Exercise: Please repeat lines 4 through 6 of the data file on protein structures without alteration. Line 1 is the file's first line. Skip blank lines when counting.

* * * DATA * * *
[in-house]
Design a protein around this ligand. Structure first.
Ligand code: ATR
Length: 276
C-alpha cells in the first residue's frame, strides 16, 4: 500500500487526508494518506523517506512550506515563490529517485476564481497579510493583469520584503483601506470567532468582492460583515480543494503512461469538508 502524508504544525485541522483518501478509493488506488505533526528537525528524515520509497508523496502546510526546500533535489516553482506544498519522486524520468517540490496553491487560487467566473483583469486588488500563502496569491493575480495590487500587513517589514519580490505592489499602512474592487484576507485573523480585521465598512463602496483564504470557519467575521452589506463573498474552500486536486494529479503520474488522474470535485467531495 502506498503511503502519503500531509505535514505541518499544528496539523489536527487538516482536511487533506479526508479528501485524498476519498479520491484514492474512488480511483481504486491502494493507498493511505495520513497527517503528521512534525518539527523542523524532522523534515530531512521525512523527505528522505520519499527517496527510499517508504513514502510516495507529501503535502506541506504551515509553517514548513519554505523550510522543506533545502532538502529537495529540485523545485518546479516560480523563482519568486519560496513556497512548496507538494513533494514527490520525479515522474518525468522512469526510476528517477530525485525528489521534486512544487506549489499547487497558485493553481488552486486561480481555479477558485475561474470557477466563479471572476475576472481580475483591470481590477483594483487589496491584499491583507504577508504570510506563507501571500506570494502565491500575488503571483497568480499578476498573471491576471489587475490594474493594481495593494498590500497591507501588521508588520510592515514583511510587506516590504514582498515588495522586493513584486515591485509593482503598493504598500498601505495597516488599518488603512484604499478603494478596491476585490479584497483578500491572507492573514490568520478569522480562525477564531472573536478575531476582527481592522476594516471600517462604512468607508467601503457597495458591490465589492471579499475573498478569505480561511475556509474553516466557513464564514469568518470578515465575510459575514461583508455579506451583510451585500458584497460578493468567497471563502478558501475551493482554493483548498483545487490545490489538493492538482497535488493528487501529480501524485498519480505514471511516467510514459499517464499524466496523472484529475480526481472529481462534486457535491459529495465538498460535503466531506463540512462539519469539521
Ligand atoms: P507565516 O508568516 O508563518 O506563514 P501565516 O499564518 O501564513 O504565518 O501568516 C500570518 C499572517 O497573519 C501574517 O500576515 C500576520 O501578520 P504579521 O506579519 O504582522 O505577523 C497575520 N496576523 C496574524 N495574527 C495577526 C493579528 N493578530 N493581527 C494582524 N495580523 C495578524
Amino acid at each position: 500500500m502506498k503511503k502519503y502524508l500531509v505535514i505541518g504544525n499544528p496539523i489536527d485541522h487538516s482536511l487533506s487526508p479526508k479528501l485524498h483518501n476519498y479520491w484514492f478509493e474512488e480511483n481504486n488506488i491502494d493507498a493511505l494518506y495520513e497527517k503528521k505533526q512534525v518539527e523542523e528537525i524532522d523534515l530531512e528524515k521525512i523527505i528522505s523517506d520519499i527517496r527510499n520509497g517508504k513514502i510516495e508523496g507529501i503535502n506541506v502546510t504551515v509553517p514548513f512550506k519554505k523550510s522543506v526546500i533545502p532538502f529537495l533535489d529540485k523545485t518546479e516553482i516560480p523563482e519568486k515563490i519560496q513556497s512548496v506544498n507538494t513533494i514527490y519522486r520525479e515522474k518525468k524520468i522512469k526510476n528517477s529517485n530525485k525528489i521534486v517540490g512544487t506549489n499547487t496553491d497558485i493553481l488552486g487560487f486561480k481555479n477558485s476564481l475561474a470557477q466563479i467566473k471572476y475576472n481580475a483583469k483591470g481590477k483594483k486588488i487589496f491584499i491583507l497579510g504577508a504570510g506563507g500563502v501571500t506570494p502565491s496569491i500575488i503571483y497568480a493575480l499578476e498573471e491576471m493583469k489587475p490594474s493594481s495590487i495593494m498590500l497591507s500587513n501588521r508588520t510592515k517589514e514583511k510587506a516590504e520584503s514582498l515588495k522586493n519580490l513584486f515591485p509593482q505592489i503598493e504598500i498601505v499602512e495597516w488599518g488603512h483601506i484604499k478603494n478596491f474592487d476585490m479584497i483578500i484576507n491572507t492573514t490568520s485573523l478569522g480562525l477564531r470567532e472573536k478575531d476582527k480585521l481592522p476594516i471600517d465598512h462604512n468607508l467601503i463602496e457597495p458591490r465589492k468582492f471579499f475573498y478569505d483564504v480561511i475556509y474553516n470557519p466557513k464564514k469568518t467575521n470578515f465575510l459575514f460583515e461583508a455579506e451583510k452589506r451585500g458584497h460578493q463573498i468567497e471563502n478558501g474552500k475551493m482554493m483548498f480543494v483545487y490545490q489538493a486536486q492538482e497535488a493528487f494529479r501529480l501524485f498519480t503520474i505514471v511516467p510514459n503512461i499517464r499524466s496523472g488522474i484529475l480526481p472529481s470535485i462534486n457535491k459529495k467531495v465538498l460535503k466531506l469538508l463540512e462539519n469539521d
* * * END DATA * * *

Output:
Length: 276
C-alpha cells in the first residue's frame, strides 16, 4: 500500500487526508494518506523517506512550506515563490529517485476564481497579510493583469520584503483601506470567532468582492460583515480543494503512461469538508 502524508504544525485541522483518501478509493488506488505533526528537525528524515520509497508523496502546510526546500533535489516553482506544498519522486524520468517540490496553491487560487467566473483583469486588488500563502496569491493575480495590487500587513517589514519580490505592489499602512474592487484576507485573523480585521465598512463602496483564504470557519467575521452589506463573498474552500486536486494529479503520474488522474470535485467531495 502506498503511503502519503500531509505535514505541518499544528496539523489536527487538516482536511487533506479526508479528501485524498476519498479520491484514492474512488480511483481504486491502494493507498493511505495520513497527517503528521512534525518539527523542523524532522523534515530531512521525512523527505528522505520519499527517496527510499517508504513514502510516495507529501503535502506541506504551515509553517514548513519554505523550510522543506533545502532538502529537495529540485523545485518546479516560480523563482519568486519560496513556497512548496507538494513533494514527490520525479515522474518525468522512469526510476528517477530525485525528489521534486512544487506549489499547487497558485493553481488552486486561480481555479477558485475561474470557477466563479471572476475576472481580475483591470481590477483594483487589496491584499491583507504577508504570510506563507501571500506570494502565491500575488503571483497568480499578476498573471491576471489587475490594474493594481495593494498590500497591507501588521508588520510592515514583511510587506516590504514582498515588495522586493513584486515591485509593482503598493504598500498601505495597516488599518488603512484604499478603494478596491476585490479584497483578500491572507492573514490568520478569522480562525477564531472573536478575531476582527481592522476594516471600517462604512468607508467601503457597495458591490465589492471579499475573498478569505480561511475556509474553516466557513464564514469568518470578515465575510459575514461583508455579506451583510451585500458584497460578493468567497471563502478558501475551493482554493483548498483545487490545490489538493492538482497535488493528487501529480501524485498519480505514471511516467510514459499517464499524466496523472484529475480526481472529481462534486457535491459529495465538498460535503466531506463540512462539519469539521
Ligand atoms: P507565516 O508568516 O508563518 O506563514 P501565516 O499564518 O501564513 O504565518 O501568516 C500570518 C499572517 O497573519 C501574517 O500576515 C500576520 O501578520 P504579521 O506579519 O504582522 O505577523 C497575520 N496576523 C496574524 N495574527 C495577526 C493579528 N493578530 N493581527 C494582524 N495580523 C495578524